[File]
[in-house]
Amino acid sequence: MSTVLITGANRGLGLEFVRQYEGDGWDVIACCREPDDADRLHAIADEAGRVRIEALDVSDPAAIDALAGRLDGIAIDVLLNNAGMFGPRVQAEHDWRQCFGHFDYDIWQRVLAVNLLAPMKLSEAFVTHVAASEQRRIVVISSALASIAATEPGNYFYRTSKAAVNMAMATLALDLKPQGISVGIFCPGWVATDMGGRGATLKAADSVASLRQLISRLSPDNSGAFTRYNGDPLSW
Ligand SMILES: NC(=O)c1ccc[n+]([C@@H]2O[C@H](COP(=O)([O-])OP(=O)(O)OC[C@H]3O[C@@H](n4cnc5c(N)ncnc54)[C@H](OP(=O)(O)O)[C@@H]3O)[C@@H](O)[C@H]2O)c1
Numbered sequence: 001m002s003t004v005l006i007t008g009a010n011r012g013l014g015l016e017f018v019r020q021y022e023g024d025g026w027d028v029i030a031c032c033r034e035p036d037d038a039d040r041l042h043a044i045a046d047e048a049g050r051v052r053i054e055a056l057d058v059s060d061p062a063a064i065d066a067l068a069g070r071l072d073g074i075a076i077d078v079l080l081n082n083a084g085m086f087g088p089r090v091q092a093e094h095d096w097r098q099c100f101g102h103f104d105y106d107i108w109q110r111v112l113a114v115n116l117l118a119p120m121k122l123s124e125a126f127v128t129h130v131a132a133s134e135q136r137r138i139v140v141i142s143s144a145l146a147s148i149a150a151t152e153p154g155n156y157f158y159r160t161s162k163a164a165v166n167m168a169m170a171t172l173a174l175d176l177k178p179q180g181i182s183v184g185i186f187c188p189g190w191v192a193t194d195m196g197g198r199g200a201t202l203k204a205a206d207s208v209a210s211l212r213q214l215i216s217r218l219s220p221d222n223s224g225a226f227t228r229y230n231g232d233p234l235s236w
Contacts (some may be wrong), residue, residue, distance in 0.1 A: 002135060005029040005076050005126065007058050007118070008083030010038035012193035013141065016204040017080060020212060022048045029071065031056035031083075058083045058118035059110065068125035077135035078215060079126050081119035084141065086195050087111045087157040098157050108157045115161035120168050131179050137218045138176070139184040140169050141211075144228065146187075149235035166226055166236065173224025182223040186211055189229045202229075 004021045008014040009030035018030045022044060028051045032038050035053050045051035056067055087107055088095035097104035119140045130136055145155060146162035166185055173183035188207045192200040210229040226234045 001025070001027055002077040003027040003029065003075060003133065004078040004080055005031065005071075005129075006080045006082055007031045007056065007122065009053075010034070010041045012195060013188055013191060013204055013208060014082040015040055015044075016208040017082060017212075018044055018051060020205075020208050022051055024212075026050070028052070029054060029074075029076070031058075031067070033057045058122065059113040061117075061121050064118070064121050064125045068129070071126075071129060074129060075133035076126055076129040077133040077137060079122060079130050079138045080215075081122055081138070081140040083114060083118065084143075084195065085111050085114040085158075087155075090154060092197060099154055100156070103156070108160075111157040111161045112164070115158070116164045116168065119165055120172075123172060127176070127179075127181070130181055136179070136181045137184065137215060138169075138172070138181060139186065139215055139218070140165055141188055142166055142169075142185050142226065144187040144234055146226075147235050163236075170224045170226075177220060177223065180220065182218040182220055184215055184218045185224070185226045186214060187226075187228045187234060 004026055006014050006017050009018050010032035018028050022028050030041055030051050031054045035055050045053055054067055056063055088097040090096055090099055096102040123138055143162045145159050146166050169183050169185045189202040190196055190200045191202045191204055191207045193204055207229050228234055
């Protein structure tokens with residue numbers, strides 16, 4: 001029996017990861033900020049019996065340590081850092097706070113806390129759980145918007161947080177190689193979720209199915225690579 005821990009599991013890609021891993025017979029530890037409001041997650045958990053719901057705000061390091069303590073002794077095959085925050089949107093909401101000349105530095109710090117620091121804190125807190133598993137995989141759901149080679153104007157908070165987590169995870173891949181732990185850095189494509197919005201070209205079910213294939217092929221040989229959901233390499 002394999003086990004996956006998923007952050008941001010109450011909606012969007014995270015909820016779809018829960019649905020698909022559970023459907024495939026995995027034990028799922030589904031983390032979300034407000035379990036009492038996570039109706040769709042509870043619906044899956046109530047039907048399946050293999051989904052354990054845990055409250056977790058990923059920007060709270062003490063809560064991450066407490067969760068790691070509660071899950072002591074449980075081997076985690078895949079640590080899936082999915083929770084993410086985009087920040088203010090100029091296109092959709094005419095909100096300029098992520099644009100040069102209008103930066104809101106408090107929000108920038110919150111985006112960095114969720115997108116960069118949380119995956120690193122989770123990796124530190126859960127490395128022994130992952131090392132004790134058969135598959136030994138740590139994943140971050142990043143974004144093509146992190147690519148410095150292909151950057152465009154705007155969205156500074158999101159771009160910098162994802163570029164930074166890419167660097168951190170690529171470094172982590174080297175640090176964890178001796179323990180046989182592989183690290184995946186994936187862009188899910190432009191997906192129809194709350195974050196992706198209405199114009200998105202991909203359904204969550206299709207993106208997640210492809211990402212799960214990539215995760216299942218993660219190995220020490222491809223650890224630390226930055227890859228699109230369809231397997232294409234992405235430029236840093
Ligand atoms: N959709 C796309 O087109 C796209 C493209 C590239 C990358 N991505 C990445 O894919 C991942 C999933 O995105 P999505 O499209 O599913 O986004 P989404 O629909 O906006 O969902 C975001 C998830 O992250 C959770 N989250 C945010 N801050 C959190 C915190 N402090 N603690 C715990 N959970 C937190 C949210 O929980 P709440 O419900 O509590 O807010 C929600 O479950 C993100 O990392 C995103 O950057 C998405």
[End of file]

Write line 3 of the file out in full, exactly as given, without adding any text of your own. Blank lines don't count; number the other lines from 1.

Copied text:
Ligand SMILES: NC(=O)c1ccc[n+]([C@@H]2O[C@H](COP(=O)([O-])OP(=O)(O)OC[C@H]3O[C@@H](n4cnc5c(N)ncnc54)[C@H](OP(=O)(O)O)[C@@H]3O)[C@@H](O)[C@H]2O)c1